PostCapitalism – Paul Mason

Andrew BurgessWhat We're Reading


This book, by the Guardian’s Economics Editor Paul Mason, first appealed to me because it offered a new post-capitalist economic model where technology and automation are the primary drivers of change. Much has been written about how automation, robots and AI will decimate the world of work, so a book on how these technologies were a force for good is certainly worth a read. The author takes a particularly left-wing stance on why and how a post-capitalist economy is the best thing for everybody (including using Marx as a starting point) and it almost does its job in convincing the reader that this grand program could actually work. The real value, though, is the way Mr Mason challenges all the preconceptions about the capitalist world we live in now – nothing is taken for granted, and every assumption is thoroughly tested and questioned.

The role of automation in the post-capitalist world is two-fold: to reduce the ‘necessary labour hours’ of manufacturing all of the things the human race needs to survive to as near to zero as possible; and to provide the capability to provide products and services for free (think Wikipedia or Open Source Software as current examples). The key outcome is to divorce wages from work. There is a need, during the transition to the new model, to create a ‘basic income’ available to everyone (which would normally contradict with my own values) but the author puts forward a strong argument and concludes that this would only need to be a temporary arrangement – the first benefit which would only be truly successful once it had been reduced to zero.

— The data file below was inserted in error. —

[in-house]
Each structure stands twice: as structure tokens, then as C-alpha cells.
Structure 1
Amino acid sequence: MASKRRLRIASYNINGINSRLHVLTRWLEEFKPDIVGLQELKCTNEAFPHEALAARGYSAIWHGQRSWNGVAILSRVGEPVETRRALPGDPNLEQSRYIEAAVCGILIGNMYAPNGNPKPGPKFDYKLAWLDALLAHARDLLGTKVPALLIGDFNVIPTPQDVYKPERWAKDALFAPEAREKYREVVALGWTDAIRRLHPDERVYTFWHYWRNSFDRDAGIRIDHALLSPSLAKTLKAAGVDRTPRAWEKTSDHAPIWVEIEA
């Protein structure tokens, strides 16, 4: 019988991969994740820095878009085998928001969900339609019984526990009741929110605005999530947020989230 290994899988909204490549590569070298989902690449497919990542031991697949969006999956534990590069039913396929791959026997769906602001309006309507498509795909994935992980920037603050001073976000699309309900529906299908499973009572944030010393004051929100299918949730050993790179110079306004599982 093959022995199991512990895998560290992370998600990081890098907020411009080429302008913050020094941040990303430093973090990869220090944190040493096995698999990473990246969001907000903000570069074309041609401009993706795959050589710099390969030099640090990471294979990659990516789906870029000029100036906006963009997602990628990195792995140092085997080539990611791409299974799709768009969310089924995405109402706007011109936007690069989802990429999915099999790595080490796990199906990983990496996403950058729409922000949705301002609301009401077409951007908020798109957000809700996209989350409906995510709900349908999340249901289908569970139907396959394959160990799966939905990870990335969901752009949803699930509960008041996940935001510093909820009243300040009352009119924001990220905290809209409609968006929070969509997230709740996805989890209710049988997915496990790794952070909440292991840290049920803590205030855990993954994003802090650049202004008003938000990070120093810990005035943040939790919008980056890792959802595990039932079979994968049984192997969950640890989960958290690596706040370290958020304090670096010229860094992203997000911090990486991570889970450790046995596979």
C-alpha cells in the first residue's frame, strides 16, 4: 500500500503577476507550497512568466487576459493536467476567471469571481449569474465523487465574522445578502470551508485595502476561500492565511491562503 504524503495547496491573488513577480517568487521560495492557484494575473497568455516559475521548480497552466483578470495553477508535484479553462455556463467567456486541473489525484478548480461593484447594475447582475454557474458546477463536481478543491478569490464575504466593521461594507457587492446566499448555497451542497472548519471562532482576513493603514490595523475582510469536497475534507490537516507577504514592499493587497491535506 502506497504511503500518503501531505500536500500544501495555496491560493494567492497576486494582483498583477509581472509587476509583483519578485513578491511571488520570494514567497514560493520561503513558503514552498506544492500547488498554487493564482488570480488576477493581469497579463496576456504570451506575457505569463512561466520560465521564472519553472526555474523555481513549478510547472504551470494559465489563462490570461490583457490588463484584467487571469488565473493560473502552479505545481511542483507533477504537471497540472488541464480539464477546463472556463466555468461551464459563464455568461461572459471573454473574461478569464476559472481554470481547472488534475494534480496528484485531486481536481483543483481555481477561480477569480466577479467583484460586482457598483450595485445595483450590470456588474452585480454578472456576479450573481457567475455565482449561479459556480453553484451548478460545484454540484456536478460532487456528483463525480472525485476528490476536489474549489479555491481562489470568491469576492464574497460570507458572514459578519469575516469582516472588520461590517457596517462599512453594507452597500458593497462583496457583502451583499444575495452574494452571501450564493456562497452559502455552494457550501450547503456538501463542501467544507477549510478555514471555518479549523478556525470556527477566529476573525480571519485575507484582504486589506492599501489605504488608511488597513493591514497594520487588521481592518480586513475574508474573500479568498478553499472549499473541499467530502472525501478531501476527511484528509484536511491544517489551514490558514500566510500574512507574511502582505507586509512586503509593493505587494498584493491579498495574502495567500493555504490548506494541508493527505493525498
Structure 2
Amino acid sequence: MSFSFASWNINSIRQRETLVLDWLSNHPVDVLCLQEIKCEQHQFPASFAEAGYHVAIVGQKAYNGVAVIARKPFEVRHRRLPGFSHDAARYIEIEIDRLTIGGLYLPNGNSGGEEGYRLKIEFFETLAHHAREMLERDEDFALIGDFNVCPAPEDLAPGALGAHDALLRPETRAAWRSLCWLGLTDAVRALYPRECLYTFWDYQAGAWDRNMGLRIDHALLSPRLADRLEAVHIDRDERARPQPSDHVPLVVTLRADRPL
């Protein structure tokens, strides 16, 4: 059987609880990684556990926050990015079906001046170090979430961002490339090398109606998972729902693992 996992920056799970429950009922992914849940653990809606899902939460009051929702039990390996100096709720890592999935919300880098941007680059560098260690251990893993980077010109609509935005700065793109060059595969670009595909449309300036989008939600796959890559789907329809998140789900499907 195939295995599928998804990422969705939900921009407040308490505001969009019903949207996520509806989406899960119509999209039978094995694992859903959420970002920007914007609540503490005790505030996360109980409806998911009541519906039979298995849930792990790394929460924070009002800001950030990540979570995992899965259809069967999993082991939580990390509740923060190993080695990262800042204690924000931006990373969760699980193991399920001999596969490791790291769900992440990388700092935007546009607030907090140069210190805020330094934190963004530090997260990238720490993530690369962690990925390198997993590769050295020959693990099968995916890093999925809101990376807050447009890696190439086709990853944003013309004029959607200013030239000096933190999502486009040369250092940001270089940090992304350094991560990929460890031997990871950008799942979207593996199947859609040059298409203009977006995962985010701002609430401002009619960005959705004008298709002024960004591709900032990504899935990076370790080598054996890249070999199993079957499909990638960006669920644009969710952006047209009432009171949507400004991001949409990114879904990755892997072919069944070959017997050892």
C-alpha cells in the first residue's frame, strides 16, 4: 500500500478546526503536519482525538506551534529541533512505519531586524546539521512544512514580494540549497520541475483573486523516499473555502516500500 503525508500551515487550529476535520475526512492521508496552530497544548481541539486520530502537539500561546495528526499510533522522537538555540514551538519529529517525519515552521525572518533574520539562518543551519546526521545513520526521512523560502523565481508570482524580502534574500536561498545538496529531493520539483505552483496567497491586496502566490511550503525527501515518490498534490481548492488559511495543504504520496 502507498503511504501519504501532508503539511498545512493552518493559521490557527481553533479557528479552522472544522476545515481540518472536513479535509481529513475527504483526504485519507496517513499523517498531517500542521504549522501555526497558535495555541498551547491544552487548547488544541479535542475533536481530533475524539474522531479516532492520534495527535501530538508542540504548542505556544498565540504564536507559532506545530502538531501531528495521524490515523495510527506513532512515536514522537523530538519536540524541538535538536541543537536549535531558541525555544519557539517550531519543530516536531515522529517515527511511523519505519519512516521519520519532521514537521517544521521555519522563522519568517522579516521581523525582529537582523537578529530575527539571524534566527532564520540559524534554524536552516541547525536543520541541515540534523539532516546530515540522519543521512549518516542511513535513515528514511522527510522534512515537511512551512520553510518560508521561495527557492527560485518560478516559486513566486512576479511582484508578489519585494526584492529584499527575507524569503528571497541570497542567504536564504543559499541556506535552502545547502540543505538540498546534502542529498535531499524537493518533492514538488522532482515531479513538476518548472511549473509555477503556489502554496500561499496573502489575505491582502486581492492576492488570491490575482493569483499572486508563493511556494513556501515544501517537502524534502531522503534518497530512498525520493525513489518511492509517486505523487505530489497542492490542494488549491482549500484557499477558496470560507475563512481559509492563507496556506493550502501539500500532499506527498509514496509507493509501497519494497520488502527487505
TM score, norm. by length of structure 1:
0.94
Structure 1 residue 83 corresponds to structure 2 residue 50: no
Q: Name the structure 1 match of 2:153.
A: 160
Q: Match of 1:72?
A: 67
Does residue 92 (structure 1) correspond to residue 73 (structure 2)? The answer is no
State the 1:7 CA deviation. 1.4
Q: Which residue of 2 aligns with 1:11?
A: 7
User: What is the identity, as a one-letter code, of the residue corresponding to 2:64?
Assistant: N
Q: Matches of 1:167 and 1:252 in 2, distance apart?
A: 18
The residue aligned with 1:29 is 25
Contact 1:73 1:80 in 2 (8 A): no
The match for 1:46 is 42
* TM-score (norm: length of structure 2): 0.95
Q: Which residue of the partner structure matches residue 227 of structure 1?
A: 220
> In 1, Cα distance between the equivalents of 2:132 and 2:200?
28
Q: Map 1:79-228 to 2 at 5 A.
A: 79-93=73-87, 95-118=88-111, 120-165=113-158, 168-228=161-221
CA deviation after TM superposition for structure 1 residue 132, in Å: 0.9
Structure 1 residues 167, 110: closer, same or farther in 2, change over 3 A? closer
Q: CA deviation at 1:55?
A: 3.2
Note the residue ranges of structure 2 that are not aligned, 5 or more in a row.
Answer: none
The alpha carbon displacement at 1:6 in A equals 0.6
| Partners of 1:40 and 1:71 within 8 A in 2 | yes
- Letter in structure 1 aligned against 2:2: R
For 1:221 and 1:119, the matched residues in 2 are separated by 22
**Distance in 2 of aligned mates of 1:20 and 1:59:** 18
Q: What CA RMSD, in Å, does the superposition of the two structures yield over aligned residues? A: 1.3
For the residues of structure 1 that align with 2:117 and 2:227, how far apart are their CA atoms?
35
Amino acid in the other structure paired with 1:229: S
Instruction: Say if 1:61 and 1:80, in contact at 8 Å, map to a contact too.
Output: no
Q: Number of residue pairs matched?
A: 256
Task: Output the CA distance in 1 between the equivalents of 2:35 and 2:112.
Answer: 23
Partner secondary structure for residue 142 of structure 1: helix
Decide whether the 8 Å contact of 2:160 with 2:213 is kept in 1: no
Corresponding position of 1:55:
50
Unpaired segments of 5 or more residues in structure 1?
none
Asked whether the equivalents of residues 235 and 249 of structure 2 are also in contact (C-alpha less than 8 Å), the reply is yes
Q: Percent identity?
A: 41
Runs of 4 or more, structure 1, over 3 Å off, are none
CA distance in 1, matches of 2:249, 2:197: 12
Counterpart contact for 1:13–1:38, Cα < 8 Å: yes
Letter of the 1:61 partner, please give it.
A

Beyond the automation question, this still makes a fascinating book to read. The reader doesn’t have to agree with every point made: it does, on occasions, dip into quite emotive socialist language but doesn’t follow the usual rhetoric of the left, which is refreshing. At some points it over-makes certain arguments, but this is a difficult subject and it requires deep and challenging thought, which Mr Mason has clearly provided. From an automation future-of-work perspective this book should be a must-read, and for anyone who likes their beliefs and values to be challenged at a fundamental level will also find tremendous reward in reading it.

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